Oct. 17, 2013 — A new digital book launched today by Knight Foundation calls for change in journalism and journalism education — and is itself an example of that change.

Searchlights and Sunglasses"Searchlights and Sunglasses: Field Notes From the Digital Age of Journalism" is a digital romp through the past, present and future of news written by Knight senior adviser and Reynolds Fellow Eric Newton. With one click, it turns from a standard digital book into a teaching tool. A “learning layer” appears and offers more than 1,000 links, lessons and resources, which were developed with the University of Missouri’s Donald W. Reynolds Journalism Institute.

“The digital age has turned journalism upside down and inside out. But it has not done that to journalism education,” Newton said. “Journalism and mass communication schools continue every year to pour thousands of graduates into entry level news jobs. We should do more to give the next generation what it needs to help reinvent news.”

Designed in HTML5, the new digital book is written for educators, journalists, students and news consumers who believe great journalism should thrive in the digital age. It is available free at searchlightsandsunglasses.org and includes a Kindle version.

The insightful essays are Newton’s field notes from a career as a journalist and a grant-maker at a pivotal time for the news industry. For two decades he has been at the nexus of news developments, first at the Newseum and now at Knight Foundation. Newton covers a range of topics, including the decline of press freedom in the post-9/11 world, the argument for measuring journalism’s impact on communities and the importance of expanding one’s media diet beyond mere “comfort news.” The book’s learning layer converts each essay into a tool for classroom discussion.

The title refers to the metaphor of how journalism evolved as a searchlight for truth but today is equally tasked with shading the glare of the digital age so important facts do not get lost. In fact, the publication itself is intended to be a “giant pair of sunglasses,” Newton writes, “filtering the endless beams of ‘new information’ about the future of news.”

Searchlights and Sunglasses debuts at a time when only 26 percent of the media professionals surveyed said their new hires came with “most or all” of the skills they need to succeed, and four in 10 graduates surveyed said they received too little technical education. With textbooks and curriculums slow to adapt and reflect changes in the industry, students aren’t necessarily get the education they need to work in the present and invent the future.

"We believe the book can be of substantial help to students and teachers studying journalism at all levels," said Roger Gafke, director of development at the Reynolds Journalism Institute and leader of the RJI resource team. "It brings together into a single location important ideas, links to fundamental resources and suggestions from our team of teachers on how students and teachers can use the content."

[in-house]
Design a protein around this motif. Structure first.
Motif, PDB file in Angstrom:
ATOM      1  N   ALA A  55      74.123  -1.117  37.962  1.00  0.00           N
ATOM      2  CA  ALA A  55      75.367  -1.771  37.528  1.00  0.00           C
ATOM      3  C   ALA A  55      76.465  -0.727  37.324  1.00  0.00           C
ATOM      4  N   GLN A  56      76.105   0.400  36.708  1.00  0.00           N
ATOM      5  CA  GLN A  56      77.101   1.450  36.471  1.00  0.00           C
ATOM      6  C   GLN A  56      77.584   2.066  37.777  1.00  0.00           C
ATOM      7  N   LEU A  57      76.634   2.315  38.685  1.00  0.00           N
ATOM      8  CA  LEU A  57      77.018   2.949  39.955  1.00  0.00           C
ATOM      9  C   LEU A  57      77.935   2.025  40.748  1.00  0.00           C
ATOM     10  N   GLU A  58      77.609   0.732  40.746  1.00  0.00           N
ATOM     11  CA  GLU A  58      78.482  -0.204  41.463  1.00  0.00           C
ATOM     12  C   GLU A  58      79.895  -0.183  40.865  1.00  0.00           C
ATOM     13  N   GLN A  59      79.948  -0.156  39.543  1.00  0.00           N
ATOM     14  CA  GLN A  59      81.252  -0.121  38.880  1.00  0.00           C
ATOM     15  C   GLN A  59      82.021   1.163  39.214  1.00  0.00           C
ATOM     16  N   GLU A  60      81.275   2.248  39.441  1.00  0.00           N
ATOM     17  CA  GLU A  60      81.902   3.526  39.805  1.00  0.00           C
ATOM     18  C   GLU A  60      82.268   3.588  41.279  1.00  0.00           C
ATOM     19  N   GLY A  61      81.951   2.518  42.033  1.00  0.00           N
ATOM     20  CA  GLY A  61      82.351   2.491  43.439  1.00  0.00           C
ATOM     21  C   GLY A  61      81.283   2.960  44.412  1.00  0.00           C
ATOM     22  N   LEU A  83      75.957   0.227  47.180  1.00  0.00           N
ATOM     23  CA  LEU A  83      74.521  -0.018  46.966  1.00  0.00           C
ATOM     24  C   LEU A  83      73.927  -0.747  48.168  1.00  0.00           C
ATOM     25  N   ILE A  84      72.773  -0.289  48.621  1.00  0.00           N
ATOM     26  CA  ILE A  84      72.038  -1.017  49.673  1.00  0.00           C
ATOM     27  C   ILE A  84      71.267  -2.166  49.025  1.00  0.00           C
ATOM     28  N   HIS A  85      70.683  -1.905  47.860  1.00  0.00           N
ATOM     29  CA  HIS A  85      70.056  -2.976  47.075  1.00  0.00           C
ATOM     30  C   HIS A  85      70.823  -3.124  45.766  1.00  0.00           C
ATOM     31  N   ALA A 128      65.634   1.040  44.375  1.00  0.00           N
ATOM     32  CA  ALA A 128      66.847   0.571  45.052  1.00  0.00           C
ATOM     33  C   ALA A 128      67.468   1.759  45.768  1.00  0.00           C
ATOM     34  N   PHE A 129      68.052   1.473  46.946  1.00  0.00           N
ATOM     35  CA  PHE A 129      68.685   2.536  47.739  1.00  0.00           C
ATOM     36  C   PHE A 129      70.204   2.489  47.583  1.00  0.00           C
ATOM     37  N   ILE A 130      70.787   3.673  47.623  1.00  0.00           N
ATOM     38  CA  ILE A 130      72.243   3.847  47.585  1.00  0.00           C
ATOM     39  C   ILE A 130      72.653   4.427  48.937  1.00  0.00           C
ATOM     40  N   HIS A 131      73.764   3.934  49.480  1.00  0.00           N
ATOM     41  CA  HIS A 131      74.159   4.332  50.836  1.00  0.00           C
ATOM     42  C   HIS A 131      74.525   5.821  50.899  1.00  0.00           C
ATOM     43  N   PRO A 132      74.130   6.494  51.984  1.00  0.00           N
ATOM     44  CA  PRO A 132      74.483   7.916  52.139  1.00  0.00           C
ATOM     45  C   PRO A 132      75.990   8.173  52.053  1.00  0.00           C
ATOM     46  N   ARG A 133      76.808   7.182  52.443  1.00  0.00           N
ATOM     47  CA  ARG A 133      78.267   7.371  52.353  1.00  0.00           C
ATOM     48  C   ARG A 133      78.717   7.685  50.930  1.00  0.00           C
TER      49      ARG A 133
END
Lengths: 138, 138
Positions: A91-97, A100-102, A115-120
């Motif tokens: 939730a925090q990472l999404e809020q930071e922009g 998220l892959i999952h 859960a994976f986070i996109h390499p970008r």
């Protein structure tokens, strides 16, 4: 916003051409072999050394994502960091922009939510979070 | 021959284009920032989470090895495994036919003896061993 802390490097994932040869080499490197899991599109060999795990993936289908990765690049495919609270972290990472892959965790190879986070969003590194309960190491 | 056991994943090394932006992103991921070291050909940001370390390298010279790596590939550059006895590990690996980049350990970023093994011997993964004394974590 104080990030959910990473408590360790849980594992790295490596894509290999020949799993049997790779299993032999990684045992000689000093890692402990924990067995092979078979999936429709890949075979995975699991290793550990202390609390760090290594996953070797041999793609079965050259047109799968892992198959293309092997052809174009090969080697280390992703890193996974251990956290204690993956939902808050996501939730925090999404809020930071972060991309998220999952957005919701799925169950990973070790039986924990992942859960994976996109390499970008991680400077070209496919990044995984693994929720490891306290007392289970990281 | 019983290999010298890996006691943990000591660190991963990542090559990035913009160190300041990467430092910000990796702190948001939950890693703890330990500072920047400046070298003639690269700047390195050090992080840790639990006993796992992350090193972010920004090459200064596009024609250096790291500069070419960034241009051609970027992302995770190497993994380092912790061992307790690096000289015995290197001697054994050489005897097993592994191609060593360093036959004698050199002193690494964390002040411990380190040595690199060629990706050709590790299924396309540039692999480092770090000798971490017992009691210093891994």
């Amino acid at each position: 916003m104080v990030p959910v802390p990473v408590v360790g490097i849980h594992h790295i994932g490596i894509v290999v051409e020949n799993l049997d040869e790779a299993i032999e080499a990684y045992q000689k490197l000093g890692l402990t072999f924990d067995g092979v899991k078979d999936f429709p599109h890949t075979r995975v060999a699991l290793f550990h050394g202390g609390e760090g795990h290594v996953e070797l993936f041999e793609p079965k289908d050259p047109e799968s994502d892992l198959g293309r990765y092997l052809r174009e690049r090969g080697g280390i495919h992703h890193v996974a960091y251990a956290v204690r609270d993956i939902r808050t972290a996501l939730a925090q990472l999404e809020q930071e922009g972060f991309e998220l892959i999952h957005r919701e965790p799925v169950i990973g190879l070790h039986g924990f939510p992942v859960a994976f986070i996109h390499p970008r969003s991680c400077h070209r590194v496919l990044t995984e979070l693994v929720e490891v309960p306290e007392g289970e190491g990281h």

Eric NewtonNewton launched the book today at the annual conference of the Online News Association in Atlanta.

To complement its journalism education reform efforts, Knight Foundation and three other major foundations today announced a $1 million challenge fund encouraging universities to create teams that will experiment with new ways of providing news. The fund, administered by the Online News Association, will pay for live news experiments that develop teaching hospital models in journalism education, where students create innovative projects with professionals, professors and researchers. ONA will make applications available in November.

The digital book also ties current trends to Knight Foundation investments in journalism and media innovation education, which now exceed $200 million. Knight has endowed chairs and fellowship programs at universities; created the cutting-edge News 21 programs, a teaching hospital model that pairs professions with students; and in recent years, funded media innovation, digital research, entrepreneurial journalism and new tool development and use. Last year, Knight Foundation and other funders called on America’s university presidents to speed change in journalism schools.

PBS MediaShift, a leader in covering change in journalism education, will continue the book’s call for education reform. The site will revamp and relaunch an EducationShift section at EdShift.org boosting its content with help from digitally savvy professors. It will spark further conversation on journalism and communication school reform online and through social media.

Read the new digital book at searchlightsandsunglasses.org and join the conversation on Twitter using the #edshift hashtag.

Advance Praise for Searchlights and Sunglasses

About the John S. and James L. Knight Foundation

Knight Foundation supports transformational ideas that promote quality journalism, advance media innovation, engage communities and foster the arts. We believe that democracy thrives when people and communities are informed and engaged. For more, visit www.knightfoundation.org.

About the Donald W. Reynolds Journalism Institute

The Donald W. Reynolds Journalism Institute works with citizens, journalists and researchers to strengthen democracy through better journalism. RJI seeks out the most exciting new ideas, tests them with real-world experiments, uses social science research to assess their effectiveness and delivers solutions that citizens and journalists can put to use in their own communities.


Anusha Alikhan, Director of Communications, Knight Foundation, 305-908-2677 or 786-300-8317, media@knightfoundation.org

Brian Steffens, Director of Communications, Reynolds Journalism Institute, 573-882-8251, steffensb@rjionline.org


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